The policy defines the term “products completed operations hazard” in relevant part as “ ‘property damage’ occurring away from premises you own or rent and arising out of ‘your product’ ․ except: [p]roducts that are still in your physical possession.” Here, it is undisputed that the property damage occurred “away from premises” owned by plaintiffs and that the property damage arose as a result of fuel purchased by plaintiffs that leaked either while it was transported to plaintiffs' facility or stored in the spur awaiting transportation. Thus, we conclude that the property damage arose out of plaintiffs' product. The court erred in determining that the word “still” in the context of the phrase “still in your physical possession” required that the product have been sent into the stream of commerce from plaintiffs' facility in order to construe the policy as providing coverage. Thus, according to the court's interpretation, there would be coverage only in the event that the damage resulting from pollution occurred while plaintiffs were in the process of transporting it from the facility, after having received it. The policy, however, does not support that interpretation inasmuch as it does not specify that the damage resulting from the pollution must have occurred after the product was released from plaintiffs' facility into the stream of commerce (cf. Associated Mut. Ins. Coop., 10 Misc.3d at 1030, 805 N.Y.S.2d 275). Rather, the phrase “still in your physical possession” excludes coverage for damage from pollution that occurs on the insured's premises. Even assuming, arguendo, that the term “still” renders the clause ambiguous, we conclude that it must be read in favor of providing coverage, based on the well-settled principle that any ambiguity must be construed in favor of the insured (see White, 9 N.Y.3d at 267, 848 N.Y.S.2d 603, 878 N.E.2d 1019).
Thus, although we conclude that the pollution exclusion applies based upon the unambiguous terms of the policy, we further conclude that the exception to that exclusion applies because the damage occurred away from premises owned by plaintiffs and was caused by plaintiffs' product during the storage or transportation of fuel.
It is hereby ORDERED that the judgment insofar as appealed from is reversed on the law without costs, the motion of defendant National Union Fire Insurance Company of Pittsburgh, Pa. is denied, the declaration is vacated, the cross motion is granted in part, and judgment is granted in favor of plaintiffs as follows:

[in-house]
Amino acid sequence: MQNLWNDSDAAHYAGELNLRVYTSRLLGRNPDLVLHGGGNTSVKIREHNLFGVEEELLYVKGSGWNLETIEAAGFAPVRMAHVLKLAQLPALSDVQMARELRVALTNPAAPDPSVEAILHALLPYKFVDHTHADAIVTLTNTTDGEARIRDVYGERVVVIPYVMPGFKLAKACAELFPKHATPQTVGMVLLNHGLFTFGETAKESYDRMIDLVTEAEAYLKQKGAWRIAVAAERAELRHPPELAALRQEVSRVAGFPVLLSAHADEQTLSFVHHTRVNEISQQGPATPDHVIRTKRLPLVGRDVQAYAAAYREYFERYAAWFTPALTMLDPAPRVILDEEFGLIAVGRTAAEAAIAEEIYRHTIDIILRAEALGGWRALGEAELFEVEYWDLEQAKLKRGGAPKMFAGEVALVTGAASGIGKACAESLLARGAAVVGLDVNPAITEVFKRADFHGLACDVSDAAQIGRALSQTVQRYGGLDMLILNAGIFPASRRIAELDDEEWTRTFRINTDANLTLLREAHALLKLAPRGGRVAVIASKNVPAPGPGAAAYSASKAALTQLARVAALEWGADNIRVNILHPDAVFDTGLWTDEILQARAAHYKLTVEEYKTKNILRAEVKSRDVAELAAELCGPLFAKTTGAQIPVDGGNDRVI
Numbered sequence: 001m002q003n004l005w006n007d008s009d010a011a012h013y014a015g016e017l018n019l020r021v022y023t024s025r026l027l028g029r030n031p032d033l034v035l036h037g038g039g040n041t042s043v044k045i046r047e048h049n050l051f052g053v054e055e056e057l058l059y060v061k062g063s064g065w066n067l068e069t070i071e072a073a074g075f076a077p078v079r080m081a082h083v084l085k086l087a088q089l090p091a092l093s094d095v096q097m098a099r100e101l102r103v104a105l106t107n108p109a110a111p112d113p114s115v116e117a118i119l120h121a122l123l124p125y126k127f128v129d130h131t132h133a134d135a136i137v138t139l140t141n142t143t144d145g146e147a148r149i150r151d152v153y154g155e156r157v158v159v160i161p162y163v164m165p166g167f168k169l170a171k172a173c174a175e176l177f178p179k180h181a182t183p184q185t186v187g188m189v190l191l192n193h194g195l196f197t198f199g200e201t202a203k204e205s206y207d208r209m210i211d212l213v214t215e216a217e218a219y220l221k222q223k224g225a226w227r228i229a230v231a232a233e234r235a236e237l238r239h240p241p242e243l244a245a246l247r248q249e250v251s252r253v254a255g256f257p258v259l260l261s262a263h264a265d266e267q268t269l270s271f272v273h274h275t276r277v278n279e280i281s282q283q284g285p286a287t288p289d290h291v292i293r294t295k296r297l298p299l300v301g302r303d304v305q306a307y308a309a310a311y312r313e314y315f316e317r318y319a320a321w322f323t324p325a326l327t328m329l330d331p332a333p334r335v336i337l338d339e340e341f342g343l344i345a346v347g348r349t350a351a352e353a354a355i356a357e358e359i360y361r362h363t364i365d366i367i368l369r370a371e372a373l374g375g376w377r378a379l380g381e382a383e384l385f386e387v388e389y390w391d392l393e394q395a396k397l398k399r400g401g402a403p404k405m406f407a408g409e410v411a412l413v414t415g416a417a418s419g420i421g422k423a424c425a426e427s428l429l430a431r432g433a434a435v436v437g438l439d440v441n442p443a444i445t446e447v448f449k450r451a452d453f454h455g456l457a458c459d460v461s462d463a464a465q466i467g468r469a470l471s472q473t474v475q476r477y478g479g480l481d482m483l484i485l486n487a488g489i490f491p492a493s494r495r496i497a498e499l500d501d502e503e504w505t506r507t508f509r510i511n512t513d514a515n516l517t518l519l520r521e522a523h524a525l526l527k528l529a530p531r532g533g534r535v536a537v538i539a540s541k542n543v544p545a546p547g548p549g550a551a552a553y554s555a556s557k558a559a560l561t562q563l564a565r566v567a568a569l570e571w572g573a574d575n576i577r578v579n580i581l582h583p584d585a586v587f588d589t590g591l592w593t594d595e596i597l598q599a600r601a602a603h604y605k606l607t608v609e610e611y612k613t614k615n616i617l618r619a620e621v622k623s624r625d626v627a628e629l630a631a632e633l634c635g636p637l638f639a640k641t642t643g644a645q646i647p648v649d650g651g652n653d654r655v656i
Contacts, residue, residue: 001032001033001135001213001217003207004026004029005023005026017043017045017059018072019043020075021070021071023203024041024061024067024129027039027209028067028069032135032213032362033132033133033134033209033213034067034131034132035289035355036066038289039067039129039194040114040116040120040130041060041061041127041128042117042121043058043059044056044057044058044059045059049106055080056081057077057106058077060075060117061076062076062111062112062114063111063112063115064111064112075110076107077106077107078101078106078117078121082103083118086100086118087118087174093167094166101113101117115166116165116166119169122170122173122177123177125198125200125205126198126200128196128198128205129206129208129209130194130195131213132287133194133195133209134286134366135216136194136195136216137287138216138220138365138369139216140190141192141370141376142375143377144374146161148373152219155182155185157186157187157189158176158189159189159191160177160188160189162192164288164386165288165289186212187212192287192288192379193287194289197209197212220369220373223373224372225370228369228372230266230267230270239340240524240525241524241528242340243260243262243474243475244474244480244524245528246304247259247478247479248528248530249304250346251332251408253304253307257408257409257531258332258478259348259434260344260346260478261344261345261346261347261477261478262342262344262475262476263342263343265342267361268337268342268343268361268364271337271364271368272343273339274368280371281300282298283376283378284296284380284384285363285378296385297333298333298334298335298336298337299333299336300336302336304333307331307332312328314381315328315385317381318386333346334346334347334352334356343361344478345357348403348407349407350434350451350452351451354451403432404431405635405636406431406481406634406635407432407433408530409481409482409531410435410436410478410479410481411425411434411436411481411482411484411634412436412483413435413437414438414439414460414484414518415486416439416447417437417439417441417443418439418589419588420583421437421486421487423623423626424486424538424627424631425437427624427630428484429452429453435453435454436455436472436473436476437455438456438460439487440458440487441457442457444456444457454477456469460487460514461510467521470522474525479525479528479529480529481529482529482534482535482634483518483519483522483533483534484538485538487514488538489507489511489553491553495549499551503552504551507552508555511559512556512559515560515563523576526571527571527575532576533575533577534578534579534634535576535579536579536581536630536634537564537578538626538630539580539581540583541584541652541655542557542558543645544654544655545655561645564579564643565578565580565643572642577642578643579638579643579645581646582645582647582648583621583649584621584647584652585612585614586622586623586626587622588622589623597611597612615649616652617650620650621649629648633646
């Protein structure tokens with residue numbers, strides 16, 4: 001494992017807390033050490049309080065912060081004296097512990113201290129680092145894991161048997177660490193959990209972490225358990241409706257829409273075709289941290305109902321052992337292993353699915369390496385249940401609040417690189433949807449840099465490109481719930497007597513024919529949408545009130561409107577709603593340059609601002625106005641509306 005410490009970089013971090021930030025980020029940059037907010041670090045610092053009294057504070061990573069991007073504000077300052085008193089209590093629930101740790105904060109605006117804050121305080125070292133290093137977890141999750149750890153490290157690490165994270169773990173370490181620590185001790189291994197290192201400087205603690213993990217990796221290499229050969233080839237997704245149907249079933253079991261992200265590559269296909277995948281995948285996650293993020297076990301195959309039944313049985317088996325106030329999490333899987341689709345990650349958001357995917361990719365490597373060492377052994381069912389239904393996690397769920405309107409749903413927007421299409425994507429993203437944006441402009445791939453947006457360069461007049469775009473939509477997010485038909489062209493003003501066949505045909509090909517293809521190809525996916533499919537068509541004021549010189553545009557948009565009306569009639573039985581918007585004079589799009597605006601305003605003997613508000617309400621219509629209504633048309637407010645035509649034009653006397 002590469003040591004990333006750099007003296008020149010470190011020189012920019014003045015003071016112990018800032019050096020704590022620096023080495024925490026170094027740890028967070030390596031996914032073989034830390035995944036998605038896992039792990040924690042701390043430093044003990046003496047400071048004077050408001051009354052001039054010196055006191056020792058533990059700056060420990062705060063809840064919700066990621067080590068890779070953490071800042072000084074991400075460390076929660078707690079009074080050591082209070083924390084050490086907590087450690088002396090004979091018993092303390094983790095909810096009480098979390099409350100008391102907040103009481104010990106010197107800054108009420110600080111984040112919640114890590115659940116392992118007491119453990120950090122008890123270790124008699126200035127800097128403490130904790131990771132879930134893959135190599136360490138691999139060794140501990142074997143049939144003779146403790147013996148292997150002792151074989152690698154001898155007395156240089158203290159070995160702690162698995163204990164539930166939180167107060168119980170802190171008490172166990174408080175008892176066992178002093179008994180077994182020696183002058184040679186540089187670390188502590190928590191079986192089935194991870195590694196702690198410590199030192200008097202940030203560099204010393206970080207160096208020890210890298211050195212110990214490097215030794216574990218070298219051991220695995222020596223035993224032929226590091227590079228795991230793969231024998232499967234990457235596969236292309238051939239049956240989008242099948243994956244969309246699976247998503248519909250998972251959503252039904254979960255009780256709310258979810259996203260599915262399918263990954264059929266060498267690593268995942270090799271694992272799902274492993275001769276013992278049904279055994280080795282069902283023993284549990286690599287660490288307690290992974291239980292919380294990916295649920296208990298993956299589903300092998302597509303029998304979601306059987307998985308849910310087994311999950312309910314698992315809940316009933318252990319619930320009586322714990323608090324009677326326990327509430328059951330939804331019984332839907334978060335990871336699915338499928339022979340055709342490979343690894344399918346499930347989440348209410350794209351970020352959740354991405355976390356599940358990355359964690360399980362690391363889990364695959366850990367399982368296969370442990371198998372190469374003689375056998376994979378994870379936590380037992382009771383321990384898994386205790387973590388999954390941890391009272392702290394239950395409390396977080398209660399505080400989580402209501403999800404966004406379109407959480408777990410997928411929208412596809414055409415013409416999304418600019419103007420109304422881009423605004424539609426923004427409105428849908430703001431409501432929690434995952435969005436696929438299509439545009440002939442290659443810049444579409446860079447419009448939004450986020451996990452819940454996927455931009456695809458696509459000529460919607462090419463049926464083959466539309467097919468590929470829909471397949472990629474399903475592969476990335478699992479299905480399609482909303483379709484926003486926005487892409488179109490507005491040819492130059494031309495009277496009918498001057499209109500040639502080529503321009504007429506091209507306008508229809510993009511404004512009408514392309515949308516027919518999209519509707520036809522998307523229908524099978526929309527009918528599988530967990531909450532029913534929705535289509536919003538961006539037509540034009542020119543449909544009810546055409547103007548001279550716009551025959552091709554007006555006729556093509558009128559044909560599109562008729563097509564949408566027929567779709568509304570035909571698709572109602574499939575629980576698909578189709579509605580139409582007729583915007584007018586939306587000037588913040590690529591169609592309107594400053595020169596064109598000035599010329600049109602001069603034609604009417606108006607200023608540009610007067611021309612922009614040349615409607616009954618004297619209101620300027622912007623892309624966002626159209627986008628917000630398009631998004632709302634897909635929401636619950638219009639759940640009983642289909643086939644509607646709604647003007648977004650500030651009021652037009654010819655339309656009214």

It is ADJUDGED and DECLARED that defendant National Union Fire Insurance Company of Pittsburgh, Pa. is obligated to indemnify plaintiffs in the underlying actions and the proceeding commenced by the United States Environmental Protection Agency.
We respectfully dissent. In our view, Supreme Court properly determined that the commercial general liability policy issued by defendant-respondent does not cover plaintiffs for property damage caused by an oil leak from a spur pipeline through which plaintiff Griffith Oil Company, Inc. (Griffith), a petroleum distributor, received oil from its supplier. As the majority recognizes, the policy excludes coverage for property damage caused by a pollutant, i.e., the oil spill, unless an exception to the exclusion applies. In this case, an exception to the exclusion would apply in the event that the property damage arose out of a “products completed operations hazard.” That term, as defined in the policy, includes property damage “occurring away from [the insured's] premises and arising out of ‘[the insured's] product’ ․ except ․ [p]roducts that are still in [the insured's] physical possession.” The insured's “product” is defined in relevant part as “[a]ny goods or products ․ manufactured, sold, handled, distributed or disposed of by” the insured. It is undisputed that the oil that leaked from the spur pipeline had not yet come into Griffith's possession, but was awaiting delivery.
In Frontier Insulation Contrs. v. Merchants Mut. Ins. Co. (91 N.Y.2d 169, 667 N.Y.S.2d 982, 690 N.E.2d 866), the Court of Appeals noted in addressing a product-hazard exclusion that “[t]he distinct risk of loss occasioned by a defect in the insured's product, which manifests itself only after the insured has relinquished control of the product and at a location away from the insured's normal business premises, is covered by the purchase of separate ‘products hazard’ coverage” (id. at 176, 667 N.Y.S.2d 982, 690 N.E.2d 866). Thus, product-hazard insurance is intended to cover “events that occur after [the] insured's product is placed in the stream of commerce” (id.). Here, inasmuch as the oil was spilled before it ever came into the possession of Griffith, it had not been placed in the stream of commerce, nor was it “manufactured, sold, handled, distributed or disposed of” by Griffith. We thus agree with the court that the pollution exclusion applies, and we would affirm.